I was very happy to turn into Richmond Park. No cars! So much lycra! No deer observed! Green space! The rest of the trip was very pleasant, with the only hairy bit coming at the Scilly Isle Roundabout. I need to remind myself that it takes me much longer to accelerate than a car. Don't worry, the car reminded me with an very pleasant and polite (of course) honk. >.<

I arrived at G!ro and was beyond pumped. I did my first (well not really) long bike ride! I didn't get (too) lost and have all my limbs intact. I had a well earned coffee and avocado on toast. There were cyclists everywhere (its a cycle shop as well as a coffee shop, they do their own rides from there as well!). I let my phone charge up a bit and got back on the saddle.

So the return route had nothing too big of note except that hills (or long steady inclines as I am sure people argue London has no hills) were terrible on tired legs. I had two bigun's: Kingston Hill (A308) and then the A3 (yeah if going down wasn't fun, going up surely is more fun than a barrel of monkeys). I was so happy to cross Putney Bridge and get back on the lovely, flat, CycleSuperHighway.

This was a big confidence booster for me. An olympic ride is 40km. I did about 60km. I did hills on tired legs. Maybe 'did' is a strong word. I didn't WALK the hills. I now feel confident that I could do a group ride during the week without getting too left behind.

So if you are hesitant about cycling, please find a local group near you and sign up for a ride. Or find a cafe/park about 10-15 miles away from you and head there. Check for quieter routes, cycle routes, etc. if you are not confident on the roads.  Get there. Rest. Relax. Have a sandwich at a cafe. Head back. Take your time, and don't be put off by the other lycra on the journey. You do you.

And yes, my bum felt fine. So I learned my lesson from the last time.

Sunday, May 20, 2018

Tooting Bec Lido Aquathlon

What a day!
I had a lot of reservations about this Aquathlon. Hell, I was not even sure if I was saying 'aquathlon' right ('a qwath a lon'? 'aquacklon'?).  Then I reminded myself to shut up and stop worrying. I met a member of the Lido-- his name was Al. I met him previously the day I tested out the wetsuit. I asked if he was participating and he said, "No, I only race myself now." That should be how it always is... for everyone.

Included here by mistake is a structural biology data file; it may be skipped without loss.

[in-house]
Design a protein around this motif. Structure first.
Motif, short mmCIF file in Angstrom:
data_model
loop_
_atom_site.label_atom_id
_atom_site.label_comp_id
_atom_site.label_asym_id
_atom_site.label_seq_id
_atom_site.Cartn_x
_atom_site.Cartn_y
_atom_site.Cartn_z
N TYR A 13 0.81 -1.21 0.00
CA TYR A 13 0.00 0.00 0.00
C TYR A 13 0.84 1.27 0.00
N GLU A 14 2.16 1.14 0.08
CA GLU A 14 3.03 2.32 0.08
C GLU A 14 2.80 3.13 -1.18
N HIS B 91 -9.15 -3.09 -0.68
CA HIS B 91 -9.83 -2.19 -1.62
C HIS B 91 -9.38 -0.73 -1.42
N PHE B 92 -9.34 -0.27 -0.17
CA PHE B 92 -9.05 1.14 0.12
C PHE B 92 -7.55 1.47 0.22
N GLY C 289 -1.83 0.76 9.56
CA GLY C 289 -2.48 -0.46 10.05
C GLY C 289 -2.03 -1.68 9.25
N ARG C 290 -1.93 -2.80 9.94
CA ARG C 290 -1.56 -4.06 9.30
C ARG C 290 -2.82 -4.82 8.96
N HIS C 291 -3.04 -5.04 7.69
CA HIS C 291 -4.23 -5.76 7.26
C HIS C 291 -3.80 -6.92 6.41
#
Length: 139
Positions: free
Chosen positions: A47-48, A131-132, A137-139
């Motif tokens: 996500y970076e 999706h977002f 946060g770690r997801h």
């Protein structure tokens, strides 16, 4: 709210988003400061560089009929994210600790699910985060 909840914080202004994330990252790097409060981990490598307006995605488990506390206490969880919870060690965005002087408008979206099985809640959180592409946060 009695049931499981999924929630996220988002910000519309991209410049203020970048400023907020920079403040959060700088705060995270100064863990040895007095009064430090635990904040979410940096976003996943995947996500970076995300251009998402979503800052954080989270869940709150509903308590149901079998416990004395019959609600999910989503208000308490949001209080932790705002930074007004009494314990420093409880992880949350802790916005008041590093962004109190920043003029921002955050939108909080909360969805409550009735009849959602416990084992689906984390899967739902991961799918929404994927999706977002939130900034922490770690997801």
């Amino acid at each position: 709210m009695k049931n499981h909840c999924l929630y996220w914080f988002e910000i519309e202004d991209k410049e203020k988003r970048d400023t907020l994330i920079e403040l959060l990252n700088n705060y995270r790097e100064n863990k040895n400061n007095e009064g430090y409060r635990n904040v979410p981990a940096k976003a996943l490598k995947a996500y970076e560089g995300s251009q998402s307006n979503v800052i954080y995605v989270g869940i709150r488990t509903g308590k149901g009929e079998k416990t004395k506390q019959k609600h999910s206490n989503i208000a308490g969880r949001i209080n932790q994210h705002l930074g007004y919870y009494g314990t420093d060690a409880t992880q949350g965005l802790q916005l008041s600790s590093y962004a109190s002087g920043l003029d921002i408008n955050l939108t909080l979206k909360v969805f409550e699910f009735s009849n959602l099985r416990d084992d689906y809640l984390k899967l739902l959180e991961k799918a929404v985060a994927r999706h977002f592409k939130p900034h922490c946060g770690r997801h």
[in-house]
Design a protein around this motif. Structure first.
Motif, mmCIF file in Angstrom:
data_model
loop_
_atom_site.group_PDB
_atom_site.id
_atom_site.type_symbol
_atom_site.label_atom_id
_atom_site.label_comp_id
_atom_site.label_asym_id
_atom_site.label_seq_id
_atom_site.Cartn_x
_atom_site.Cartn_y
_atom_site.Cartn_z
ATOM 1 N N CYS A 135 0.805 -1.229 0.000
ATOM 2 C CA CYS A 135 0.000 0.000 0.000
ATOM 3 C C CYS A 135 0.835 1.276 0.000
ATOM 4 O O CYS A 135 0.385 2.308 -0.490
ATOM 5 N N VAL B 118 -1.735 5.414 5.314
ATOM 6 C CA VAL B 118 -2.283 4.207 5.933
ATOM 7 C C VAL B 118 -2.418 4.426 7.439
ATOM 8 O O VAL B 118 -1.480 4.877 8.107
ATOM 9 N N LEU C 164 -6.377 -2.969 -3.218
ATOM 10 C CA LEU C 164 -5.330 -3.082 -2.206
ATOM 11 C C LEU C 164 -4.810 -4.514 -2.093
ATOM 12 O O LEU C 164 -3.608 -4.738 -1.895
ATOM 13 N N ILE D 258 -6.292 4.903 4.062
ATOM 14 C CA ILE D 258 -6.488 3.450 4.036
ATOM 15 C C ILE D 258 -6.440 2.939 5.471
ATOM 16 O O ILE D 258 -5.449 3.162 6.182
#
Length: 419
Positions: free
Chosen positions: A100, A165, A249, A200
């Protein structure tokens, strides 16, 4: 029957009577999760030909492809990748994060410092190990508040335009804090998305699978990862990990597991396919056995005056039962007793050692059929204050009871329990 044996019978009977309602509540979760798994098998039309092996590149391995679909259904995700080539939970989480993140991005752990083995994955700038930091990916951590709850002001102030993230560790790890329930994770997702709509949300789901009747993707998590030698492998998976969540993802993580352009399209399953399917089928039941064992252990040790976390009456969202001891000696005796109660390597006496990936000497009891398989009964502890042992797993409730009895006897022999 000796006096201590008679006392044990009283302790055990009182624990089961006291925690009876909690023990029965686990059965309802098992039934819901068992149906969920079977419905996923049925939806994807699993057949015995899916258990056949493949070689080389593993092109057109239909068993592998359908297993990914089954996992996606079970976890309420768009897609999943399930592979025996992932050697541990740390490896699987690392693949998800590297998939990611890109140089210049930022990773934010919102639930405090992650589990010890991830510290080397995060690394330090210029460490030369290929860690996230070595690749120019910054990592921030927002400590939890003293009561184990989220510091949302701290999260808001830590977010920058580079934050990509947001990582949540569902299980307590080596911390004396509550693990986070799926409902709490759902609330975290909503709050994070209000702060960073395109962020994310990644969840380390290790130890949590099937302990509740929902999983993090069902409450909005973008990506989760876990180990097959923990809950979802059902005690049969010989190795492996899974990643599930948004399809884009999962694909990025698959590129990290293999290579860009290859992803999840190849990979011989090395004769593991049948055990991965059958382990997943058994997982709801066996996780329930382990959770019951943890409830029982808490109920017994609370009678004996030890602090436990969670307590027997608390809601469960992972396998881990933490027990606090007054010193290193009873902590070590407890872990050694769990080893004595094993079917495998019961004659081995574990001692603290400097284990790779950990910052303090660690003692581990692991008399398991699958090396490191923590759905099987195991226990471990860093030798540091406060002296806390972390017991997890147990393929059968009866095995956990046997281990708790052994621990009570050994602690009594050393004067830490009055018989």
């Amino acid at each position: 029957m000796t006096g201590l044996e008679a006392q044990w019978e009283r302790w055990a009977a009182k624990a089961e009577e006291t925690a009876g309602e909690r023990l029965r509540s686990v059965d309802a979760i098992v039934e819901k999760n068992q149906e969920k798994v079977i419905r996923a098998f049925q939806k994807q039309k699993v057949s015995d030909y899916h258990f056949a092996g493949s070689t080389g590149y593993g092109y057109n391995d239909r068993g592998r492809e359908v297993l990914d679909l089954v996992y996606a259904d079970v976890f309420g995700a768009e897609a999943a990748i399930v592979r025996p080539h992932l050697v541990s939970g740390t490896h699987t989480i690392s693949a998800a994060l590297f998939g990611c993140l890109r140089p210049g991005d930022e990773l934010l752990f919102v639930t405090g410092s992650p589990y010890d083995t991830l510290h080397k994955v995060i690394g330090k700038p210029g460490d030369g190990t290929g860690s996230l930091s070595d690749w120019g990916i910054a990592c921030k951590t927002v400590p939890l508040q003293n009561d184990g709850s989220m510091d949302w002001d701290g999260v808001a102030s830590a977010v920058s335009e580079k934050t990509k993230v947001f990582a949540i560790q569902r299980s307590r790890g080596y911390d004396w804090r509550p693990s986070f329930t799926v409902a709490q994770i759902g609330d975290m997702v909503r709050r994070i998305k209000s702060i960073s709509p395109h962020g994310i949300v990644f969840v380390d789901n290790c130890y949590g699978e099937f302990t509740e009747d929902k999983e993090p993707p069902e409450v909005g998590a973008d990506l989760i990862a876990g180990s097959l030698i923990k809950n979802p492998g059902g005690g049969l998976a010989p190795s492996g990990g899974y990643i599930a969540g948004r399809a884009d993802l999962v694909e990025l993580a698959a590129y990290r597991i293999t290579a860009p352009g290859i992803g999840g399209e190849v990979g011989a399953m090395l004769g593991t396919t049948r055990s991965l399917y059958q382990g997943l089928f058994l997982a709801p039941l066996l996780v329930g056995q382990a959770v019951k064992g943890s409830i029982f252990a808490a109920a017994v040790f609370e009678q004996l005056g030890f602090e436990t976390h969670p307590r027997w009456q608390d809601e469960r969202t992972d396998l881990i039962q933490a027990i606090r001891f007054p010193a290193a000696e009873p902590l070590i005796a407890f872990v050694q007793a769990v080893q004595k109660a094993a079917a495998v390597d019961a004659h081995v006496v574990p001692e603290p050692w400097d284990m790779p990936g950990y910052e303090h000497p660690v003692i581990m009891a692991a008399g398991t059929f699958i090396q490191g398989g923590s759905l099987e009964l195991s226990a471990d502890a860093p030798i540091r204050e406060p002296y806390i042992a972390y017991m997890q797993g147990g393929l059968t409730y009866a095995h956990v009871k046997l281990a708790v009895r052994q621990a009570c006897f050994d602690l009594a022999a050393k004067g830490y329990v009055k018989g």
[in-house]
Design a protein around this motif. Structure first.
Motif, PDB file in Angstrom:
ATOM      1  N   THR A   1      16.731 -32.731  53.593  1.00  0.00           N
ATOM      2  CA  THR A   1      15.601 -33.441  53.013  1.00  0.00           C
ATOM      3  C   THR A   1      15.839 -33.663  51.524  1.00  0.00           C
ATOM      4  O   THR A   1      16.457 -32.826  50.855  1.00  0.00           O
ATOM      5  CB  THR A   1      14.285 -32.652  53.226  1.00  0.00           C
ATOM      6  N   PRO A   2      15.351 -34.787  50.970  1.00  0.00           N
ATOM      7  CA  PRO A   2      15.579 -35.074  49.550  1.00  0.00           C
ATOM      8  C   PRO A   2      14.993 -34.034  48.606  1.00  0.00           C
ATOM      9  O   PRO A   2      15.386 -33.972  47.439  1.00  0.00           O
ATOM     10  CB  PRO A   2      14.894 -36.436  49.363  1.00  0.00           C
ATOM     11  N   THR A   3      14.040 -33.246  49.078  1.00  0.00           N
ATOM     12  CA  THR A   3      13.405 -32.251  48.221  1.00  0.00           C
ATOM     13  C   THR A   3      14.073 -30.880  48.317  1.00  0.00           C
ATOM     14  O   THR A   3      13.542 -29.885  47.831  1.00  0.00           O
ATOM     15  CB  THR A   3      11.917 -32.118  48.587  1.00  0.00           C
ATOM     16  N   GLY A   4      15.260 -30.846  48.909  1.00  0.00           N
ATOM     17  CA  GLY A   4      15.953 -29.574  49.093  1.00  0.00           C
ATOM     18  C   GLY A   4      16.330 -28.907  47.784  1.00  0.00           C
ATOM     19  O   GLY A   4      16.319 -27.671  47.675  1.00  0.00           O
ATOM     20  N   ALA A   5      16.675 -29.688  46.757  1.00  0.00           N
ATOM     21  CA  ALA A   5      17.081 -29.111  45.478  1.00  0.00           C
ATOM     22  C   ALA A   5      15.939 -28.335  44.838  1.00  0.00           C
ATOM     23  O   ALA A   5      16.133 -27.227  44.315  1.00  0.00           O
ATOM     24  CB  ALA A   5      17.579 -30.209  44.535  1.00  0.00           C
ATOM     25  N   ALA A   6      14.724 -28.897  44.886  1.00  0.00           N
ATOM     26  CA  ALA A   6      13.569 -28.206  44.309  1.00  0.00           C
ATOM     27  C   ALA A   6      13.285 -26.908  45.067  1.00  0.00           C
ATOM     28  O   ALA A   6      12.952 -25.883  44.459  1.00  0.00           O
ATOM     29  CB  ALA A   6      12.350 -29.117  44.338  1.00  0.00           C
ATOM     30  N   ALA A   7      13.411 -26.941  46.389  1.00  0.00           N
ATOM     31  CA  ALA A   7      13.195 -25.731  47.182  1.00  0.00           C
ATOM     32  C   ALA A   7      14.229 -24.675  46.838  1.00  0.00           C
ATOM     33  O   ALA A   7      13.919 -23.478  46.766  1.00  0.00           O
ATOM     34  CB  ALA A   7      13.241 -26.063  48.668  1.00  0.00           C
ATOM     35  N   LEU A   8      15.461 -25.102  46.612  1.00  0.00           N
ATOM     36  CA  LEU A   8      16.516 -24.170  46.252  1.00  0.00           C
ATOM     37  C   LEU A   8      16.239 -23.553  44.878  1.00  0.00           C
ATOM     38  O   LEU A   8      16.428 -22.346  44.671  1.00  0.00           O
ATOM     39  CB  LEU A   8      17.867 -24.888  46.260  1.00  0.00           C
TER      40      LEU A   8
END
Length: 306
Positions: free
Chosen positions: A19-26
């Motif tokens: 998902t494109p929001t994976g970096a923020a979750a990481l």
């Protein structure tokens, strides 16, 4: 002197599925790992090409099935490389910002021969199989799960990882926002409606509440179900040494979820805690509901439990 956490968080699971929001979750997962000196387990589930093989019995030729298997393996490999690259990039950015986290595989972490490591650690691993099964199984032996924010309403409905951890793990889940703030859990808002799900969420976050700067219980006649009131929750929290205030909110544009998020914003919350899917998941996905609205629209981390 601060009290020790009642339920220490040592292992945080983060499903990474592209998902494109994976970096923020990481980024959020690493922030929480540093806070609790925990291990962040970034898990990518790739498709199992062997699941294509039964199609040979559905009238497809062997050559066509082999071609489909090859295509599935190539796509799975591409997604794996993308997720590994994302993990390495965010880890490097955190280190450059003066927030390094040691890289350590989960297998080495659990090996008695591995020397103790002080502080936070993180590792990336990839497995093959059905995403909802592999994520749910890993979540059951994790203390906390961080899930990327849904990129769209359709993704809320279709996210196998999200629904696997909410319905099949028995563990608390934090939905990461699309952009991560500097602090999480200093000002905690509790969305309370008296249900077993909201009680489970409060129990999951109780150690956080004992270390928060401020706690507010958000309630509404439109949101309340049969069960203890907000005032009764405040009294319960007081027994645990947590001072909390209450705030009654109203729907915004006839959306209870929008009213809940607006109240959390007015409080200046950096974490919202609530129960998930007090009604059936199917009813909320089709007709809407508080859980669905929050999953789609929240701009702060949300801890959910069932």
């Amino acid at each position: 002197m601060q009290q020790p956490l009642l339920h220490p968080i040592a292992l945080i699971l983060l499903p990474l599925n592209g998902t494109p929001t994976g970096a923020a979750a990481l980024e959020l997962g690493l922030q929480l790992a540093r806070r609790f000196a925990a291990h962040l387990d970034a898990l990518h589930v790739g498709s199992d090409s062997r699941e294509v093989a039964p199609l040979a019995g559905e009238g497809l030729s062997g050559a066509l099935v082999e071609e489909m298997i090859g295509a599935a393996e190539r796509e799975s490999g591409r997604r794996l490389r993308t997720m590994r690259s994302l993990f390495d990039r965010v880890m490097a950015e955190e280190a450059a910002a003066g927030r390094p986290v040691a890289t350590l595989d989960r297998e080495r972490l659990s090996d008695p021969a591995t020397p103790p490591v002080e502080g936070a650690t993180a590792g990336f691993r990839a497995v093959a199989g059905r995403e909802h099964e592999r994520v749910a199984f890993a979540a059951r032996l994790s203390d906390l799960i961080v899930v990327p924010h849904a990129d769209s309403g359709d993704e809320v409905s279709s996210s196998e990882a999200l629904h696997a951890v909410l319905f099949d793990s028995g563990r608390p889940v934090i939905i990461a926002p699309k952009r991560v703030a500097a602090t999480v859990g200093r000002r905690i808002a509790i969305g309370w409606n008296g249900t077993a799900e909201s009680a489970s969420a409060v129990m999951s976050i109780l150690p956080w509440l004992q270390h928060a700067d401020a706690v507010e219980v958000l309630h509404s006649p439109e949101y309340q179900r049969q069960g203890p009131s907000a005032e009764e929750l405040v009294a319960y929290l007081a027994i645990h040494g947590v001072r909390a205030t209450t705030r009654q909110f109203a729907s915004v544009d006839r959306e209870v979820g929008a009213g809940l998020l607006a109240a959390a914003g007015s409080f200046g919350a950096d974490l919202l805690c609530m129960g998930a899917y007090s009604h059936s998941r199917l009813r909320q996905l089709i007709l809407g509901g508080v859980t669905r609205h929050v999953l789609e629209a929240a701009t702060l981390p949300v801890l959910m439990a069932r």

So I calmed down. I stretched. I listened to the race brief. I asked questions. I chatted with other participants. I kept telling myself 'This is not the end game. Just enjoy and learn.'  To be honest I was itching to get into the water... my wetsuit was a tad bit warm in the lovely London sun (yes it exists!).

Note to self-- if you are jumping in cold water, may be best to ensure the goggles are about the same temperature. Else, the fog up. Well. Now I know :)

The nine lengths went pretty well. The lanes were huge so people didn't have to stress about holding people up behind or getting stuck behind someone.

Such a badass :D 
Transition? Ehhh... let's just say practicing dry is NOT the same as when it's wet. Fair. Makes sense. Another lesson learned.

I was not feeling too hot in the beginning of the run. I am not sure if that was the quick (in some sense of the word) transition or maybe I drank too much water in the pool. Whatever it was, I kept it relatively slow in fear of vomiting. The sun was pretty strong at this point, so it was actually quite nice having a wet trisuit on. Oh, and I was rocking some sunnies. Priorities people!

We did three laps around the common. Some of those were along roads but there were volunteers at every corner to ensure no one got lost.

I rolled into the finish and tried to to a bit of a jump at the end. I was feeling pretty good-- huzzah I did an aquathlon! I got my medal and my flapjack. All one really needs at the end of a race.

Heck yeah!
If you are thinking about doing a tri-- or are doing a tri, or just want something different, I recommend this event. It's a great way of getting your body used to swimming in cold water, like an OWS, but without the murky water. It's also great to get your body used to working out when tired.

All that was left to do was tube home (Tooting Bec is about 20 minutes walk away) and soak up the sun. A great way to spend a Saturday. 

Thursday, May 17, 2018

Triathlon - Let's Get Serious Now